M.E.S.H. Damaged Merc [EP]

[PAN; 2016]

Rating: 3.5/5

Styles: club collage, post-pastiche, THX Surround Test HD
Others: Lotic, Kablam, Elysia Crampton

It’s been a year since the violent bliss of his full-length debut with PAN, but James Whipple is back. Damaged Merc, the new EP from the Janus- and SHAPE-affiliated producer, does away with a lot of the Renaissance samples and menacing science fiction of the full-length, which, as SCVSCV mentioned in his review of the release, were really only present in a gesture to “reflexively [place] himself at the center of the discourse’s high-fidelity.”

But Damaged Merc is still blistering hi-fi, with space and apocalypse bowed out in destructive, dance-driven chaos. Here, tracks more evenly lean on the producer’s “dance elements,” with harder, heavier drums rooted in grime and Jersey club. Filling the mix with less and less constrictive, ideological elements, the tracks are a more “club-friendly” return to previous 12-inch EPs like Scythians and Share the Blame. Still, I say “club friendly” in the lightest sense — maybe that’s just the difference between full-length and EP? Gone are the wisps of “confidence and arrogance,” the Gene Wolfe-checking monomania, here angled outward in million ineffable overdrives.

For all its dance-driven bliss, the release still rips. “Fallow & Mute” flirts with pocket-sized samples in pops, whips, and crackles, while a looped voice dodges in and out over bass. The seismosaur of “Kritikal Thirst” hand-triggers sound after sound, pummeling postmortem polyrhythms to a cheap, silvery powder. “Victim Lord” starts with a stutter, relentlessly rolling with sounds of cocked chambers and malefic urban decay, as a steady hand pulls back on the fader around the 2:30 mark, a loose space for something new. The producer has always borrowed from grime, but the closure of “Victim Lord” leans in toward the train, with the thoughtful, grimy scuffle of street noise and sirens gently scraping along the railing, decade-old sounds still so much on its breath.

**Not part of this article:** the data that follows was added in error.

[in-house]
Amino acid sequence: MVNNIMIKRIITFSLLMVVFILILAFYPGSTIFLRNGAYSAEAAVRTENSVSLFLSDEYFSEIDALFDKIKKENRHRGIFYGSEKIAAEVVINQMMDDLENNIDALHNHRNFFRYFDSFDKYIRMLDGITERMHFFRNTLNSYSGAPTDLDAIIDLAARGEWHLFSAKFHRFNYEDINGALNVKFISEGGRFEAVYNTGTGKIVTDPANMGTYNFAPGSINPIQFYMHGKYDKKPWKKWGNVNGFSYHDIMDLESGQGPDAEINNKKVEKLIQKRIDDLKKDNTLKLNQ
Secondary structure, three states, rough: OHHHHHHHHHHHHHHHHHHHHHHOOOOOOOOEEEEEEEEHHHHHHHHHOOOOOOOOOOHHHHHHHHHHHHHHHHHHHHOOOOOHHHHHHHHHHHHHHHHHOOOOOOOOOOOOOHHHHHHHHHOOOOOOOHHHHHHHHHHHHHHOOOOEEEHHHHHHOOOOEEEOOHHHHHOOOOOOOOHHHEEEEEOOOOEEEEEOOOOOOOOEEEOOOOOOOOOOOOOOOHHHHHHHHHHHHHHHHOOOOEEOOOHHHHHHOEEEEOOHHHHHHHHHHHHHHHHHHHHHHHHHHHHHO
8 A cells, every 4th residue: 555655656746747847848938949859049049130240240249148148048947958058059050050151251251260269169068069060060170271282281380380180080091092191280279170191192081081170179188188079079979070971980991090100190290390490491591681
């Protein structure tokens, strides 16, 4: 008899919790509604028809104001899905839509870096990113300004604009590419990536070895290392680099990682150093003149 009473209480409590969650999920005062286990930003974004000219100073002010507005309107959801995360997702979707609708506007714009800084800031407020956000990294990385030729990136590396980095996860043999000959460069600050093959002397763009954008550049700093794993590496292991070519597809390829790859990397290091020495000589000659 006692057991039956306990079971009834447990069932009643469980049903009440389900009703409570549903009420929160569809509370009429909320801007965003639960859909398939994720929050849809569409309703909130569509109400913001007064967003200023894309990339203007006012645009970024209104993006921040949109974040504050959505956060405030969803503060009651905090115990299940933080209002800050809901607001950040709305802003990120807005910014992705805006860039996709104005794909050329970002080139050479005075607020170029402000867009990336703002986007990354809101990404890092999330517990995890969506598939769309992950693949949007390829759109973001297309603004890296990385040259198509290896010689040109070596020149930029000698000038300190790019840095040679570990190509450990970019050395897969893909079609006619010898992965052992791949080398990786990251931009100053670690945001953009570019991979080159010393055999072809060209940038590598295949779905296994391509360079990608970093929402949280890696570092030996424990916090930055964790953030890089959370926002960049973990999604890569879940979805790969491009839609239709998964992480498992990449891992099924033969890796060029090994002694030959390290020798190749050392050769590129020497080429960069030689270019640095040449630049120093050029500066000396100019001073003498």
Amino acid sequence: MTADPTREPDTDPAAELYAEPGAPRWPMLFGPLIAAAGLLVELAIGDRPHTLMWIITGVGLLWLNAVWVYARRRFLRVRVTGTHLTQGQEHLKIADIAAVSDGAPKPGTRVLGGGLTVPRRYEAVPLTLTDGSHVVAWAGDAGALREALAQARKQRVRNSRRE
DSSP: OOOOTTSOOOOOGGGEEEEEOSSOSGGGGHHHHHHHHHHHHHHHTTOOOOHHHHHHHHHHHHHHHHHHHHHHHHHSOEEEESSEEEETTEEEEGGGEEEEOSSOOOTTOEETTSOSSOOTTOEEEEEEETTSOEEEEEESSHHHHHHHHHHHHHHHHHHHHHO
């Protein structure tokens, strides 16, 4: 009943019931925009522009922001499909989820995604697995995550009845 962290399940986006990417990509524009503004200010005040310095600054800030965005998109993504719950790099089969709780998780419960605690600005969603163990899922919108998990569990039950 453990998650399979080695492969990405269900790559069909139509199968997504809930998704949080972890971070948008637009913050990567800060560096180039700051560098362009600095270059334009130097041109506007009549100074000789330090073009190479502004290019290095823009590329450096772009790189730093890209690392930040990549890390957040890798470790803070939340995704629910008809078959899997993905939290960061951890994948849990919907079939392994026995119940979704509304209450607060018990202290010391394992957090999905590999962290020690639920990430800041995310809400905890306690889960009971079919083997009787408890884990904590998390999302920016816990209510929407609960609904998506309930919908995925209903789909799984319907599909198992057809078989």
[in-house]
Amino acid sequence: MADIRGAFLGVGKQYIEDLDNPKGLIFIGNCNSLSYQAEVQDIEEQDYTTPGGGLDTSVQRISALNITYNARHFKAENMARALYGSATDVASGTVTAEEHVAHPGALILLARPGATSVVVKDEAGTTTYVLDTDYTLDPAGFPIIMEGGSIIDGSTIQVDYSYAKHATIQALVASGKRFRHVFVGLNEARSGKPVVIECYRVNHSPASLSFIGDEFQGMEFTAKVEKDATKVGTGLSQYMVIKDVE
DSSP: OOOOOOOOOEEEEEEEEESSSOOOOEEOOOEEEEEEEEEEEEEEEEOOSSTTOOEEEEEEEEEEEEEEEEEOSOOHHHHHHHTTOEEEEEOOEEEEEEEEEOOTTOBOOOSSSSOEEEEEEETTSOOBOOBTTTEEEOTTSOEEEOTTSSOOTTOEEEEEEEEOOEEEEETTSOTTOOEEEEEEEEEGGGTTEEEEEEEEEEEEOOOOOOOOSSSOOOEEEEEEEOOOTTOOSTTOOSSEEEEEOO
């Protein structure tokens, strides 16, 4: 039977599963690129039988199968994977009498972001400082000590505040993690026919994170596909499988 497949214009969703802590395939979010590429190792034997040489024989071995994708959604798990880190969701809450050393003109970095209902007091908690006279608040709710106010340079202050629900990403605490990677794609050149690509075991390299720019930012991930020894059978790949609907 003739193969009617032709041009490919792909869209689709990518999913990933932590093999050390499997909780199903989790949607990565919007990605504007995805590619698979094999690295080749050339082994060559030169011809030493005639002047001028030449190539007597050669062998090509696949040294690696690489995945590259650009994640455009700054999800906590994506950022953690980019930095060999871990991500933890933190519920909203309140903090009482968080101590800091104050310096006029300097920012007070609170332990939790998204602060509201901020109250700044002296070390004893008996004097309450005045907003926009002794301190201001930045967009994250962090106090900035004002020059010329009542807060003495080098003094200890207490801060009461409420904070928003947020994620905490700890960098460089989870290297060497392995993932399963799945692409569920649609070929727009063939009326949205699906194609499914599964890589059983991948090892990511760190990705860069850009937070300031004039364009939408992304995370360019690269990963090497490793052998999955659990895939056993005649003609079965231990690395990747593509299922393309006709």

Maybe these are our new heroes, every bit as shapeless and enigmatic as they ever were. The more we peer in, the more they escape us: our nights in sound and texture, our mornings, groggily trekking back across the broken pavement toward home. Record after record, the club flips and fills, spins and buckles and sways with so much of what’s great about Jersey and Berlin that we don’t even realize: sometimes a night just doesn’t need words. Some days, we just leave it at that.

Links: PAN

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